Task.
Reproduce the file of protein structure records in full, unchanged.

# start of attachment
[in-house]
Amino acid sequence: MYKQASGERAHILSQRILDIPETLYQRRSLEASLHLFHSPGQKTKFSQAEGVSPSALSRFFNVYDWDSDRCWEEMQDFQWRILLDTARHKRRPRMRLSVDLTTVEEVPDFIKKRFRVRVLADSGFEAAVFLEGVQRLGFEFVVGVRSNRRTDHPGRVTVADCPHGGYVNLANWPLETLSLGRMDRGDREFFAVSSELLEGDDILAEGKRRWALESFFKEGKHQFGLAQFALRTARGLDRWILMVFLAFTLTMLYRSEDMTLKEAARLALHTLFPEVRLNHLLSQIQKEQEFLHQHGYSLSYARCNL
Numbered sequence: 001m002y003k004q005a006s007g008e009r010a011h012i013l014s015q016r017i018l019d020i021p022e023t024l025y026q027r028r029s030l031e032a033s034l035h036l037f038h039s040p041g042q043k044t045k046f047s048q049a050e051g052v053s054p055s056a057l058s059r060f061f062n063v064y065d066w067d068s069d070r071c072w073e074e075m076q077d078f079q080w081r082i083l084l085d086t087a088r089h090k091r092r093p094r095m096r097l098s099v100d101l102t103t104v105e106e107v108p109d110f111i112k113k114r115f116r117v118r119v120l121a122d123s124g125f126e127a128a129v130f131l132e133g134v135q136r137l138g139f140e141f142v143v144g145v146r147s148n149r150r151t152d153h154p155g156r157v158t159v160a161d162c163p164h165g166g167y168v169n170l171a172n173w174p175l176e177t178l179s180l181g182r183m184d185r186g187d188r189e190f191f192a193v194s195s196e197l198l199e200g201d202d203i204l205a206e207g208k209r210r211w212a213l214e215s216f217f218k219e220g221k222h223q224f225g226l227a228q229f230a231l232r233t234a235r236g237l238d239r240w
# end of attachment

[in-house]
Amino acid sequence: MYKQASGERAHILSQRILDIPETLYQRRSLEASLHLFHSPGQKTKFSQAEGVSPSALSRFFNVYDWDSDRCWEEMQDFQWRILLDTARHKRRPRMRLSVDLTTVEEVPDFIKKRFRVRVLADSGFEAAVFLEGVQRLGFEFVVGVRSNRRTDHPGRVTVADCPHGGYVNLANWPLETLSLGRMDRGDREFFAVSSELLEGDDILAEGKRRWALESFFKEGKHQFGLAQFALRTARGLDRWILMVFLAFTLTMLYRSEDMTLKEAARLALHTLFPEVRLNHLLSQIQKEQEFLHQHGYSLSYARCNL
Numbered sequence: 001m002y003k004q005a006s007g008e009r010a011h012i013l014s015q016r017i018l019d020i021p022e023t024l025y026q027r028r029s030l031e032a033s034l035h036l037f038h039s040p041g042q043k044t045k046f047s048q049a050e051g052v053s054p055s056a057l058s059r060f061f062n063v064y065d066w067d068s069d070r071c072w073e074e075m076q077d078f079q080w081r082i083l084l085d086t087a088r089h090k091r092r093p094r095m096r097l098s099v100d101l102t103t104v105e106e107v108p109d110f111i112k113k114r115f116r117v118r119v120l121a122d123s124g125f126e127a128a129v130f131l132e133g134v135q136r137l138g139f140e141f142v143v144g145v146r147s148n149r150r151t152d153h154p155g156r157v158t159v160a161d162c163p164h165g166g167y168v169n170l171a172n173w174p175l176e177t178l179s180l181g182r183m184d185r186g187d188r189e190f191f192a193v194s195s196e197l198l199e200g201d202d203i204l205a206e207g208k209r210r211w212a213l214e215s216f217f218k219e220g221k222h223q224f225g226l227a228q229f230a231l232r233t234a235r236g237l238d239r240w